The Four Valleys collection features more than 250,000 records, which, when digitized, will make it one of the richest resources for Mesoamerican scholars. The archive traces how people of all ranks and cultural affiliations lived in present-day Honduras over almost three millennia of prehistory. Among the materials to be digitized through this grant are: hand-written field notes documenting site surveys and excavations; scale drawings recording horizontal and vertical relations among sites, structures, features, artifacts, and soils; catalog sheets providing detailed descriptions of individual artifacts, often accompanied by drawings of those items; photographs of features and artifacts documenting cultural materials and their contexts; descriptions of lots specifying the three-dimensional proveniences of artifacts recovered during research; sheets describing burials and other in situ finds (thus capturing information on cultural practices); and results of artifact analyses succinctly summarizing the material styles and functions crucial for reconstructing temporal periods, and giving insight into what people did during those intervals. These documents result from field research conducted from 1975-2013 by the projectâ€™s leaders within four valleys in northwestern Honduras: Naco; the middle Ulua, 40km south of Naco; the lower Cacaulapa, 9km southwest of Naco; and the El ParaÃso valley, 90 km SW of Naco on the Guatemala/Honduras border. Their histories, though related, take divergent turns in how they engaged with agents of the lowland Maya capitals of Copan and Quirigua. Their residents also pursued different strategies for creating and challenging centralized, hierarchically structured realms, especially during the Late (AD 600-800) and Terminal Classic periods (AD 800-1000). The research involved in each drainage included: near-total ground surveys (ca. 180km2 covered overall, 941 sites recorded); excavation of 180 sitesâ€”from political capitals to hamletsâ€” spanning 1200 BC - AD 1532; and analysis of over a million artifacts.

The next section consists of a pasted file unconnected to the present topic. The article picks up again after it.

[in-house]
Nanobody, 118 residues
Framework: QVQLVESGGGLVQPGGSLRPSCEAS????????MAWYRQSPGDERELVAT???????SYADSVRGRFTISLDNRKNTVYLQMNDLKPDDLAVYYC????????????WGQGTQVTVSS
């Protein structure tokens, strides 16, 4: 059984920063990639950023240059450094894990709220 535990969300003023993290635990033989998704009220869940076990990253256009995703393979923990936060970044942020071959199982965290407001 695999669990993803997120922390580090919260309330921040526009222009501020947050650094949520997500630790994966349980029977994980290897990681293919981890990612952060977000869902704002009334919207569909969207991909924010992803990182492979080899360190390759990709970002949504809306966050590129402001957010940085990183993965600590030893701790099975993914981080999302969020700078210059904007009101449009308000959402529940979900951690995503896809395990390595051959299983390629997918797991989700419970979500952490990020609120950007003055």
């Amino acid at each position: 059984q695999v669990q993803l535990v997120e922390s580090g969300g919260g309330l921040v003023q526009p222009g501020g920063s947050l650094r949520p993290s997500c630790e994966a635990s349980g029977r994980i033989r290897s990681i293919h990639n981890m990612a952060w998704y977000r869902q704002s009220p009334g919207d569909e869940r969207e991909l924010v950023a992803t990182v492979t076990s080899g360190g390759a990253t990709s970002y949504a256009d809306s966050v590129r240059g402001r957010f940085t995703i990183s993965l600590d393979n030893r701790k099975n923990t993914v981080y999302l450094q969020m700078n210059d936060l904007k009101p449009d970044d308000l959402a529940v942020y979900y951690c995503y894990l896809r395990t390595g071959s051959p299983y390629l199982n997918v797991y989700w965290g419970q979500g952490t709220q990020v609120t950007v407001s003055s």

Dr. Edward Schortman
Associate Professor of Anthropology
0 - 2013
These four valleys in northwestern Honduras are found along the southeast edge of the lowland Maya culture area. Sometimes called the â€œSoutheast Maya Periphery,â€ this zoneâ€™s prehistory was shaped by complex interactions with societies organized at varying levels of complexity and spread from lower Central America through central Mexico.